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AF | BCMR | CY2003 | BC-2000-03171
Original file (BC-2000-03171.DOC) Auto-classification: Approved

                            RECORD OF PROCEEDINGS

IN THE MATTER OF:                 DOCKET NUMBER:  00-03171

                                  COUNSEL:  Mr. Eugene R. Fidell

                                  HEARING DESIRED:  YES



1.  Field Grade Officer Performance Report (OPR), rendered for the period  3
July 1998 to 2 July 1999 be amended in Section VII by deleting the  comments
“ISS in residence is a must.”

2.  Amend Section VI to include a promotion or stratification statement.

3.  The PRF prepared  for  the  CY1999B  selection  board  be  corrected  to
reflect a  “Definite Promote” recommendation.

4.  Direct promotion to the grade of Lt Colonel or in the alternate:

            a.  All nonselections be removed.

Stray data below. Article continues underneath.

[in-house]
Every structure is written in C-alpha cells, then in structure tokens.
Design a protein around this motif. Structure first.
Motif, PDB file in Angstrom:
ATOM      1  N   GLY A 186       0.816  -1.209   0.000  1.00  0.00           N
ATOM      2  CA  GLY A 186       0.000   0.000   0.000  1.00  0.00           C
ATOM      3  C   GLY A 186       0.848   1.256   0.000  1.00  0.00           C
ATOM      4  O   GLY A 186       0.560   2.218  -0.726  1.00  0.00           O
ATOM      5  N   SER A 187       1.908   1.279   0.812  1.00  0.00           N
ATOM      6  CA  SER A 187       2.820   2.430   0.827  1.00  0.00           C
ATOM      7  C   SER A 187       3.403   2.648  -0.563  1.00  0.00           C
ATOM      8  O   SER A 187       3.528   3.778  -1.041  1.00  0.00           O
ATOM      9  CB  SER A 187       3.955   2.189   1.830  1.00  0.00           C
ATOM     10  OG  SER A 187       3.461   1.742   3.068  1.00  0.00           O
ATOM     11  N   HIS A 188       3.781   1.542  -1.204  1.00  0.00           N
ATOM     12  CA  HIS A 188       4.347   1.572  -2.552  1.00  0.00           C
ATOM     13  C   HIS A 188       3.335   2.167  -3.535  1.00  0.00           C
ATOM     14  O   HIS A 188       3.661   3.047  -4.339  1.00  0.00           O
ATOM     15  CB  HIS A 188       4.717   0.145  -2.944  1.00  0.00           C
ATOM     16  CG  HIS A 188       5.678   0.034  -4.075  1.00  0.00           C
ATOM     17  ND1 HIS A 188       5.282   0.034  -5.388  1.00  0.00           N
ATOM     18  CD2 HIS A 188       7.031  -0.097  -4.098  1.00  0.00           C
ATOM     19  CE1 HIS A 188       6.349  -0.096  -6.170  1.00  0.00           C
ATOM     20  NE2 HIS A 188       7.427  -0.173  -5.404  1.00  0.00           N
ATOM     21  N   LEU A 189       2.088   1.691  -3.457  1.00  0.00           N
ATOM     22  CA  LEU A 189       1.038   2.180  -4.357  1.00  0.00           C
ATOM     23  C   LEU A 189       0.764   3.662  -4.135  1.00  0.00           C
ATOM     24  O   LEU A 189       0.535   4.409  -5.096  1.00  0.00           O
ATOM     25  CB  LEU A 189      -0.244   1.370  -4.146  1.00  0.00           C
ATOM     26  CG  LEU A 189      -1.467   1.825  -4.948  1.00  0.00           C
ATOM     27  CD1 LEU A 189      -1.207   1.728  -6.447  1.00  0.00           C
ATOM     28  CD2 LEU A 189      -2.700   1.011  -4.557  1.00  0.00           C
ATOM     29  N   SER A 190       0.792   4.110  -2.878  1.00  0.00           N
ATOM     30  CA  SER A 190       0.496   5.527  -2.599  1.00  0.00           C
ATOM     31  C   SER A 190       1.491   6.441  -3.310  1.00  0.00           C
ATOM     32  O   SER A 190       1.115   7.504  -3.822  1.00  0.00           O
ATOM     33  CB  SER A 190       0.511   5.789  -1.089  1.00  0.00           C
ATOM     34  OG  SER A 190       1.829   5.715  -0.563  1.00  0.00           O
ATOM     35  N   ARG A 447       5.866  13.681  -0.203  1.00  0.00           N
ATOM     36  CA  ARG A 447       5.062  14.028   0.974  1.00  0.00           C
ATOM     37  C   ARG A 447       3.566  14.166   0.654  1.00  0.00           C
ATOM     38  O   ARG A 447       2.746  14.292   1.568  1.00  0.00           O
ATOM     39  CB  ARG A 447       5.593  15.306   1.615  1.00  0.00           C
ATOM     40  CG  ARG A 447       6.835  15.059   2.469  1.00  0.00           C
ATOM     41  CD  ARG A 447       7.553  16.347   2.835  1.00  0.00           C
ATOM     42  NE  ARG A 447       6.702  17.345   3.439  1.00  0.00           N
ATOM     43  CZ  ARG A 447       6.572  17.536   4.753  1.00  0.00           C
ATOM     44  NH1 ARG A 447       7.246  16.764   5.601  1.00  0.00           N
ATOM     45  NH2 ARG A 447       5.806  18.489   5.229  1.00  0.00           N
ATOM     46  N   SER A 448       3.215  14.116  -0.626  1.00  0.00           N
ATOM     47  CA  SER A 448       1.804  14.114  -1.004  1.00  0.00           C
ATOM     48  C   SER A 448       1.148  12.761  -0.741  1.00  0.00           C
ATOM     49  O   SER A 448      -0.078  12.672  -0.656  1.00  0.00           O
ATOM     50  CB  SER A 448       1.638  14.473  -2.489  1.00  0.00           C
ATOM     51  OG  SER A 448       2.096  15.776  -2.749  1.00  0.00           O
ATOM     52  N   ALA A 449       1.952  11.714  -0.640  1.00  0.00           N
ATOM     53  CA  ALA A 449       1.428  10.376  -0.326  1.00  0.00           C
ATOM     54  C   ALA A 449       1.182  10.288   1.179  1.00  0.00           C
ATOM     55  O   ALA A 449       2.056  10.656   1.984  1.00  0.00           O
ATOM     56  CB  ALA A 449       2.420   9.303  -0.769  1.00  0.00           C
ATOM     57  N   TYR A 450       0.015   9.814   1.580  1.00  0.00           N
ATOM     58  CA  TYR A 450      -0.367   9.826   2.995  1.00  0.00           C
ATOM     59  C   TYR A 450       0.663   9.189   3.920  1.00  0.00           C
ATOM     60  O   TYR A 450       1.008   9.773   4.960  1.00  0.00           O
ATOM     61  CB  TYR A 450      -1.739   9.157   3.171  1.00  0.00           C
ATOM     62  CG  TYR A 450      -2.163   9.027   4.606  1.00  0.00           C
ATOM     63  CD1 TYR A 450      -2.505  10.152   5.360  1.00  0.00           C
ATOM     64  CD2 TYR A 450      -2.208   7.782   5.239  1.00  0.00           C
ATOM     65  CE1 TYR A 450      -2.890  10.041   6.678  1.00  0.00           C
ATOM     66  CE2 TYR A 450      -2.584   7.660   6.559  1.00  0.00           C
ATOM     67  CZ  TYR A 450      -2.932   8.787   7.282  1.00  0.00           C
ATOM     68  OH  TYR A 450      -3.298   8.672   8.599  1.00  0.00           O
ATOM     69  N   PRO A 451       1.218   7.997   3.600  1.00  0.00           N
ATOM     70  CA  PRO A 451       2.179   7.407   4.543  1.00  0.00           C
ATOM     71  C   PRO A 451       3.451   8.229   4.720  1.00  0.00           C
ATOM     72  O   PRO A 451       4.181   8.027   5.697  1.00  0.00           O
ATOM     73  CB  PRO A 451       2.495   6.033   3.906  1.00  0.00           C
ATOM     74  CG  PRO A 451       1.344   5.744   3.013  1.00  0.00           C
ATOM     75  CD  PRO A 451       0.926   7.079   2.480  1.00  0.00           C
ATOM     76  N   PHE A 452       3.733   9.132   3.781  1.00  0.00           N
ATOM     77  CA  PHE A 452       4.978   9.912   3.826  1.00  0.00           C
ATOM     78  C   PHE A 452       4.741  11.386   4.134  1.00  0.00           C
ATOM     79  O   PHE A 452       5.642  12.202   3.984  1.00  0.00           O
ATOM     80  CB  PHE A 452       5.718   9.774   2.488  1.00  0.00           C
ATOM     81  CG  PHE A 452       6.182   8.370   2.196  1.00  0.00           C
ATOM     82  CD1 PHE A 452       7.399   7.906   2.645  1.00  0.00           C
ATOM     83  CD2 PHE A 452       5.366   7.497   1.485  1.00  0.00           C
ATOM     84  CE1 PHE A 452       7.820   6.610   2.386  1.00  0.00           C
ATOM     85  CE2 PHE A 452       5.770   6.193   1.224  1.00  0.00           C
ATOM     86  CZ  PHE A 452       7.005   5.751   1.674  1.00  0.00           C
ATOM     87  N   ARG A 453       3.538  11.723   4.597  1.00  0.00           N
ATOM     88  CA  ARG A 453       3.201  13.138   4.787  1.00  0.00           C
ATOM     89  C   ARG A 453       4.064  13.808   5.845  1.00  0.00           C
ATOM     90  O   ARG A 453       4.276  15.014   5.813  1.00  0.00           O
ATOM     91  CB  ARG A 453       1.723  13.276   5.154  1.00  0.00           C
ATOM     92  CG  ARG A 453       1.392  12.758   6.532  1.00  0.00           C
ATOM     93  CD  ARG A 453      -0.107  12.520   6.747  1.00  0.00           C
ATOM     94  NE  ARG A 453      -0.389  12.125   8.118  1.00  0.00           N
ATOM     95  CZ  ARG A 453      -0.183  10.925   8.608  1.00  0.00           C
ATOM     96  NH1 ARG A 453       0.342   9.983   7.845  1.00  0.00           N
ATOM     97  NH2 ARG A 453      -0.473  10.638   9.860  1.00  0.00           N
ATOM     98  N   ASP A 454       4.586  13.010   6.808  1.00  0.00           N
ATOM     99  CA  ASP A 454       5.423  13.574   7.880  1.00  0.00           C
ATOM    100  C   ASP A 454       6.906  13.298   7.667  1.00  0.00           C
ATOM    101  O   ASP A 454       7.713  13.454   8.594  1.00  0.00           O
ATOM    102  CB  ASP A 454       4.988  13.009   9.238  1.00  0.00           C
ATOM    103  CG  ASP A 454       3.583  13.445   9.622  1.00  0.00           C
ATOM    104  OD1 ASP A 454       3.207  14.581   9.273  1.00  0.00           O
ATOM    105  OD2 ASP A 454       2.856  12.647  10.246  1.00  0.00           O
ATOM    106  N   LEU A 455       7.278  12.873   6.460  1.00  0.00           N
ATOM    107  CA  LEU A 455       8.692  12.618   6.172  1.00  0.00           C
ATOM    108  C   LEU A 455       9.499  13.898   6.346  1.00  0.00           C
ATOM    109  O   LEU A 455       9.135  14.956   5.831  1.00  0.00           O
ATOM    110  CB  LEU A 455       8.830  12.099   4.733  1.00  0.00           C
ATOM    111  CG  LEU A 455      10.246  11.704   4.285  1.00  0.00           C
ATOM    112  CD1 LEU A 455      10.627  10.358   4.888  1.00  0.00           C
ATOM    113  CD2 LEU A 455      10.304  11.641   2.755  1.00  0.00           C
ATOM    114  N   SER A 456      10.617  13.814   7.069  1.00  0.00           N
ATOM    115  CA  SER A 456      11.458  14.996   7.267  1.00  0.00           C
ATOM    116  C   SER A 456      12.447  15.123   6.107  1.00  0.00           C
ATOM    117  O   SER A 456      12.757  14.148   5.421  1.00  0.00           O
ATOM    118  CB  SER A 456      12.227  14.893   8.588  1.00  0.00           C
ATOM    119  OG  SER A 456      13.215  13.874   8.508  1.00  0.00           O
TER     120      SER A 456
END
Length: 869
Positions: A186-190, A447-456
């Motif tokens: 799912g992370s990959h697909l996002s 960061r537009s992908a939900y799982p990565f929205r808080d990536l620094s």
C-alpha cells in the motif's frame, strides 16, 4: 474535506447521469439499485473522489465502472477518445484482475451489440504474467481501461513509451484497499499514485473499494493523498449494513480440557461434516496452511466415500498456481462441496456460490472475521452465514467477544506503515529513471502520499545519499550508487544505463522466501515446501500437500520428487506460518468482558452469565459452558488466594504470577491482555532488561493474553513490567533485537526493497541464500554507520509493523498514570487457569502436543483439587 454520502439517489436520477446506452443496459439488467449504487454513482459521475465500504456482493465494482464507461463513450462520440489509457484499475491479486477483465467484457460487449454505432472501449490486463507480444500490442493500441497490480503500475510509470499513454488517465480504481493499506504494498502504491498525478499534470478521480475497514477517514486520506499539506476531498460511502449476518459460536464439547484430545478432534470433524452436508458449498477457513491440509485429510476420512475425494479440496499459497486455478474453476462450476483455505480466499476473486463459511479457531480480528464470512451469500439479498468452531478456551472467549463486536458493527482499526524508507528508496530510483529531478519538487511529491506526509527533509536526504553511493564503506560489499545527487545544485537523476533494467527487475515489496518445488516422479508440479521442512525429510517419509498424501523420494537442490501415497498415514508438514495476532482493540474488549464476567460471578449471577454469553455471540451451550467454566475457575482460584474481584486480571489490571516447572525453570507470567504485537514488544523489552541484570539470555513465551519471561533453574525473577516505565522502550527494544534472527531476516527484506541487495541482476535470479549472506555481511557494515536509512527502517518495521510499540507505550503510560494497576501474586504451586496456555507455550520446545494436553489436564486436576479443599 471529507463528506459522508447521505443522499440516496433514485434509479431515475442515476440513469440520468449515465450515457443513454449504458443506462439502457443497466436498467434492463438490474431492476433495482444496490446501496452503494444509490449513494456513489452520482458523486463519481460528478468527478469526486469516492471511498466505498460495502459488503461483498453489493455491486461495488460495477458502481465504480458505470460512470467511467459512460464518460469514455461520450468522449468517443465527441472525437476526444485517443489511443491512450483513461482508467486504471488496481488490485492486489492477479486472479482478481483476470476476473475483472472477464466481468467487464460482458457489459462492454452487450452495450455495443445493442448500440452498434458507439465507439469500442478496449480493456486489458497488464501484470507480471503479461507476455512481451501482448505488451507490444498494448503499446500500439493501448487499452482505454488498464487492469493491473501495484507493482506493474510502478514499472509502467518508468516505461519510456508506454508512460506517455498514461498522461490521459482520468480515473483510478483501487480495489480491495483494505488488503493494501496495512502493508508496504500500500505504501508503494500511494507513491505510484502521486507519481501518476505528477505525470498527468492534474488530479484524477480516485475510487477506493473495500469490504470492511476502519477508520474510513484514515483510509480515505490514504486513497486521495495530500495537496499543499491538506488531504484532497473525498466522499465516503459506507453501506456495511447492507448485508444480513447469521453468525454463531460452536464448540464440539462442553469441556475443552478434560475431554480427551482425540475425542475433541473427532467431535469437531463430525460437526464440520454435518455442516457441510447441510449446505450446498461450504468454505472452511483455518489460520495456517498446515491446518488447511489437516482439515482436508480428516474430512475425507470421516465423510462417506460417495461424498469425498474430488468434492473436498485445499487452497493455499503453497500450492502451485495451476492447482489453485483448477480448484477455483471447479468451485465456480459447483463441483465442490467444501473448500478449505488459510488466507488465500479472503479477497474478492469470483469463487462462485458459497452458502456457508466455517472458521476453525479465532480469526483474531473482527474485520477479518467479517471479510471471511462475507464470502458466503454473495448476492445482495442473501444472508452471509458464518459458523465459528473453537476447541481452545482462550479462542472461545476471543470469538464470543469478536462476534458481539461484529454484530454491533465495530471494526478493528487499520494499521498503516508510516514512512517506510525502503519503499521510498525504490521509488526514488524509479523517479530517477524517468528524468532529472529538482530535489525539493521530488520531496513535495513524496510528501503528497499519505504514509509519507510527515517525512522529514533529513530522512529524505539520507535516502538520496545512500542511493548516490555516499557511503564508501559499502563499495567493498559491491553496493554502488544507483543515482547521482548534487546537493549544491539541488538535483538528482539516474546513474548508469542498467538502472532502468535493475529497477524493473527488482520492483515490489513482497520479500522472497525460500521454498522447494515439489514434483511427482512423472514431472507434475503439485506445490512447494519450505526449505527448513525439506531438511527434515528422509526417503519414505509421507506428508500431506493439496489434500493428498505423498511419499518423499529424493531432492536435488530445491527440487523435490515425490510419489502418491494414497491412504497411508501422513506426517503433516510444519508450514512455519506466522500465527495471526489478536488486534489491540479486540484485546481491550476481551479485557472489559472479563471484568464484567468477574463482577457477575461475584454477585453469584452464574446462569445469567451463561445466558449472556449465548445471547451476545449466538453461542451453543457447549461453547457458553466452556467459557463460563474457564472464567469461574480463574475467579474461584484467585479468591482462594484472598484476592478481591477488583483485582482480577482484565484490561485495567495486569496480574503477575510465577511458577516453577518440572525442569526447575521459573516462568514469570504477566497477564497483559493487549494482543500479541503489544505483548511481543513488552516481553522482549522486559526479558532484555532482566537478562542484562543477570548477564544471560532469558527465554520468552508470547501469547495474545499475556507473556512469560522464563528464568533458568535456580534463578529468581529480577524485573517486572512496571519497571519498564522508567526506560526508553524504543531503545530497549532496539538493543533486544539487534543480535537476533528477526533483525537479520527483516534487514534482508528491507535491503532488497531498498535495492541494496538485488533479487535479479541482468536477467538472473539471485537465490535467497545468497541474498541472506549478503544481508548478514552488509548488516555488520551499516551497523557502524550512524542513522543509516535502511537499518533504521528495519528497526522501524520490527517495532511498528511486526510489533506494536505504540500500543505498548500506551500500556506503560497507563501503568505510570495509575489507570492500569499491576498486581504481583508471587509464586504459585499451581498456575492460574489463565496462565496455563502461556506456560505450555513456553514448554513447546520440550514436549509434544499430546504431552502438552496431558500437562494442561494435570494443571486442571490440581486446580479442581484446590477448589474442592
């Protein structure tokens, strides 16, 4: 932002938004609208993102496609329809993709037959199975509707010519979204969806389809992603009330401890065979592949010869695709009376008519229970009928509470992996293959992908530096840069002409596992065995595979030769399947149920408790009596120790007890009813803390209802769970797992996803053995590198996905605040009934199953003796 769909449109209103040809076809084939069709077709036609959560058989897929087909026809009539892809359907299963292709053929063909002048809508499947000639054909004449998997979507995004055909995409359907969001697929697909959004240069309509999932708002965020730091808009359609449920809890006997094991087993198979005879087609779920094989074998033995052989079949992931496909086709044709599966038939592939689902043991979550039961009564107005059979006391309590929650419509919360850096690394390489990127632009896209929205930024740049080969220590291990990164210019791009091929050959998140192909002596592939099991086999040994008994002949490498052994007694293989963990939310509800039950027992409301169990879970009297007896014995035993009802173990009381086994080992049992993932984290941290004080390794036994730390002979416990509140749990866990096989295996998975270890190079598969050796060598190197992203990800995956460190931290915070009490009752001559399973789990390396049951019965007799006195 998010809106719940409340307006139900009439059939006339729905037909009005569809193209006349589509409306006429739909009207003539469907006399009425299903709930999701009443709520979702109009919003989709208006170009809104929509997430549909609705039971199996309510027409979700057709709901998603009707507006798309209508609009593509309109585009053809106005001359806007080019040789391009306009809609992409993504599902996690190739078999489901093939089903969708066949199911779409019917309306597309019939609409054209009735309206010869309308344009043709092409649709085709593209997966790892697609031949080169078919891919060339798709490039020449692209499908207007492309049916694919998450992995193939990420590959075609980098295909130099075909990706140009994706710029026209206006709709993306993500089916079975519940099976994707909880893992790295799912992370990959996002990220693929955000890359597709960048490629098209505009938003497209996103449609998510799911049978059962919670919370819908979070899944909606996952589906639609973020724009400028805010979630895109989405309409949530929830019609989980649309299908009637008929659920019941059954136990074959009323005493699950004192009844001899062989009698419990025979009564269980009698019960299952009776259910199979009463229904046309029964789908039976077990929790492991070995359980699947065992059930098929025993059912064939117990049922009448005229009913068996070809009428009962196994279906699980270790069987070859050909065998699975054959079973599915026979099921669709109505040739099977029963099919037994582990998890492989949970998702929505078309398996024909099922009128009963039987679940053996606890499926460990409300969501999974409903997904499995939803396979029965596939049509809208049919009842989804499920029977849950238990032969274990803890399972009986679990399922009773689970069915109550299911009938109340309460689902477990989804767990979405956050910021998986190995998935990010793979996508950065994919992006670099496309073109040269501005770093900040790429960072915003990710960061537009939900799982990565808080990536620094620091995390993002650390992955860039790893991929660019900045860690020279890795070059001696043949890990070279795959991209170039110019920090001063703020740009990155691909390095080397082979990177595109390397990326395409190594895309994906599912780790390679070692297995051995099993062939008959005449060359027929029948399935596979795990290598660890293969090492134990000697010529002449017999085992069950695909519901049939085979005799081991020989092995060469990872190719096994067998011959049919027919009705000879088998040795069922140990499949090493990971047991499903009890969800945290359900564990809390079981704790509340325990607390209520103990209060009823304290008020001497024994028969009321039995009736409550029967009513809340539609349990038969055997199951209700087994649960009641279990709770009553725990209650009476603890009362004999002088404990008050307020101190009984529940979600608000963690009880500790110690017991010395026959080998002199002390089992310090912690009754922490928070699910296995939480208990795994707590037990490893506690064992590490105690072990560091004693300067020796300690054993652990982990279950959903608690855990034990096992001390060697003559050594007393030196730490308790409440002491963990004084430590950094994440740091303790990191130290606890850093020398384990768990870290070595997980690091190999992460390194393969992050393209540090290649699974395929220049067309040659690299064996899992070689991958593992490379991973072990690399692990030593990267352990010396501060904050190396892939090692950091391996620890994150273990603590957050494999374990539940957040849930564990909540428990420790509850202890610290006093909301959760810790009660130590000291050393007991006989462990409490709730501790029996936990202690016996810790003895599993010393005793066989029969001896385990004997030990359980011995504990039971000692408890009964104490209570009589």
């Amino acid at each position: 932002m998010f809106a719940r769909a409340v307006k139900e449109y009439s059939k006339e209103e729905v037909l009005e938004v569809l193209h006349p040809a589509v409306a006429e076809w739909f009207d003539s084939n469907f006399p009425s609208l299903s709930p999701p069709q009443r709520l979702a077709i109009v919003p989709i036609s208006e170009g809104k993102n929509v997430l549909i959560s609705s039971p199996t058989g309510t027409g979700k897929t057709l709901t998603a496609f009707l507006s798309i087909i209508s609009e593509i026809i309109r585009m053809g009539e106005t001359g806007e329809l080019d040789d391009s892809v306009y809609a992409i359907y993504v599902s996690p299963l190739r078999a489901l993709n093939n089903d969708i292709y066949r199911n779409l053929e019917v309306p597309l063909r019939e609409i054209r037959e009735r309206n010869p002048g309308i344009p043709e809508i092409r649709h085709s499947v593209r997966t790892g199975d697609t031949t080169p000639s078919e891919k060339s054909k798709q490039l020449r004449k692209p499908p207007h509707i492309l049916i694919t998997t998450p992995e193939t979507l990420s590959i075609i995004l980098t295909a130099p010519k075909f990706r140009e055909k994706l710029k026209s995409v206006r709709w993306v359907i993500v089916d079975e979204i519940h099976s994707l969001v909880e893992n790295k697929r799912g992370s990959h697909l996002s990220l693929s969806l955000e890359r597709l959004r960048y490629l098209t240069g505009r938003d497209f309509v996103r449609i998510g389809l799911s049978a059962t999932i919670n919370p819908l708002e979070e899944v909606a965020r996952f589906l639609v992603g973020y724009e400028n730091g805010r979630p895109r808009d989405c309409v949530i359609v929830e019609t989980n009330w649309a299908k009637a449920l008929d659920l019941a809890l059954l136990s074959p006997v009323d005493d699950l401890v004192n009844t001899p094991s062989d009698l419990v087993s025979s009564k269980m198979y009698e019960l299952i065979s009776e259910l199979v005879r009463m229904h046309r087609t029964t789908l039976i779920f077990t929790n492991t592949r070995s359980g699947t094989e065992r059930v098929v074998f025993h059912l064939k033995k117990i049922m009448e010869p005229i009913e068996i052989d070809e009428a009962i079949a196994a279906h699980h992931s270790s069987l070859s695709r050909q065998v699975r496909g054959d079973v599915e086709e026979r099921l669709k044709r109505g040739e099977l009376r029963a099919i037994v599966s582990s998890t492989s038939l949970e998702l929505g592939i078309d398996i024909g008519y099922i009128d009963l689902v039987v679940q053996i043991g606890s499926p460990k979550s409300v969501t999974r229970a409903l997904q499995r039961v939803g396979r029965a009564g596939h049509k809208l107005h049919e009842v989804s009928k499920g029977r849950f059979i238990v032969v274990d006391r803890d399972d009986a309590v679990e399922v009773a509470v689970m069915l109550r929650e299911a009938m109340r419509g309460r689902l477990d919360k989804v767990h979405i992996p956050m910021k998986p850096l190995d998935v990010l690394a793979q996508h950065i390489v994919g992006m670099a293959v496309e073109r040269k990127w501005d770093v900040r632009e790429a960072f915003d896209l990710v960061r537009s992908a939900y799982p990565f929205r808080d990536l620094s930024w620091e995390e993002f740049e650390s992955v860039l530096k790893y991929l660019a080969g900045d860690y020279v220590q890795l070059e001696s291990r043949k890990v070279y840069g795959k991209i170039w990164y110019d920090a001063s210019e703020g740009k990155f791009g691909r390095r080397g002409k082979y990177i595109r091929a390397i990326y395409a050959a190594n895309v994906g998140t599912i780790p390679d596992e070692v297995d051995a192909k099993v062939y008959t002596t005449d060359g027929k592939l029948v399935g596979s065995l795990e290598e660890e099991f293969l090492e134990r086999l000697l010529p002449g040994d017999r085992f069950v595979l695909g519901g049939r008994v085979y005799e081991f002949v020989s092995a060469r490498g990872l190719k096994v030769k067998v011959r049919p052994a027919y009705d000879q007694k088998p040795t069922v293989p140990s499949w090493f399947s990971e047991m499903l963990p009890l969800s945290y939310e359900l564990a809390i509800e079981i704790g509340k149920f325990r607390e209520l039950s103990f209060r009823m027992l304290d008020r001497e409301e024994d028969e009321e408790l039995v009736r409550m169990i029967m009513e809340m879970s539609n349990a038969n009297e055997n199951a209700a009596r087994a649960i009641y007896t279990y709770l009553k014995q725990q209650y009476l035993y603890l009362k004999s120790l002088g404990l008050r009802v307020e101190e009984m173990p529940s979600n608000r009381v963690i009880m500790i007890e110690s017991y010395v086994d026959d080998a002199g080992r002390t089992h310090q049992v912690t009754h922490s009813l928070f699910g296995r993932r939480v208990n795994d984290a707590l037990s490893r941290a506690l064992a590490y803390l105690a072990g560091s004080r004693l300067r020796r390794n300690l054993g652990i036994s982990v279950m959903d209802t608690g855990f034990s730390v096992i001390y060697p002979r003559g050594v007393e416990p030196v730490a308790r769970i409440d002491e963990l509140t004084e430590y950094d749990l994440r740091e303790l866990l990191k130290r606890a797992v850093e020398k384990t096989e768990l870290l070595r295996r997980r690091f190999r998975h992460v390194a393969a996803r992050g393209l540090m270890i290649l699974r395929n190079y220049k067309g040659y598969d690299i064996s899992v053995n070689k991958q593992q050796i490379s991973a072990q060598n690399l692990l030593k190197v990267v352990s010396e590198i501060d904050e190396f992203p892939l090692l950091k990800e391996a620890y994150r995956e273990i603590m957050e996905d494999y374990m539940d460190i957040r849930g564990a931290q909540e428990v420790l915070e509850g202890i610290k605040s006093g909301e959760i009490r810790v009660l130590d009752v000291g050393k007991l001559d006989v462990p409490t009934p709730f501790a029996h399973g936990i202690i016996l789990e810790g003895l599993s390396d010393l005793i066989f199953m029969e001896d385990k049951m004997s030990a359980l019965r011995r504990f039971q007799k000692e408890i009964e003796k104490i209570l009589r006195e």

b.  Consideration by Special Selection  Board  and  furnished  a
memorandum indicating that because of previous career injury.



In 1998, the applicant became the Family Advocacy (FA) Element Leader at ---
 AB.  Because of “perfect  storm”  conditions,  she  wound  up  facing  what
amounted to a mutiny among some of her new  staff.   The  effects  were  and
continued to be, devastating for her career.

At --- AB, the applicant succeeded an officer  who  had  what  can  only  be
described as a relaxed management style.   Not  surprisingly,  he  was  very
popular  with  the  staff.   Her  own  management  style  was  more  in  the
conventional Air Force mode.  The  staff  viewed  her  with  suspicion  even
before she arrived, going so far as to make telephone  calls  to  her  prior
command in order to gather intelligence on her.

The FA staff was not particularly hard working, and the  applicant’s  energy
proved to be an unpleasant innovation.   Disrespect  became  rampant  (e.g.,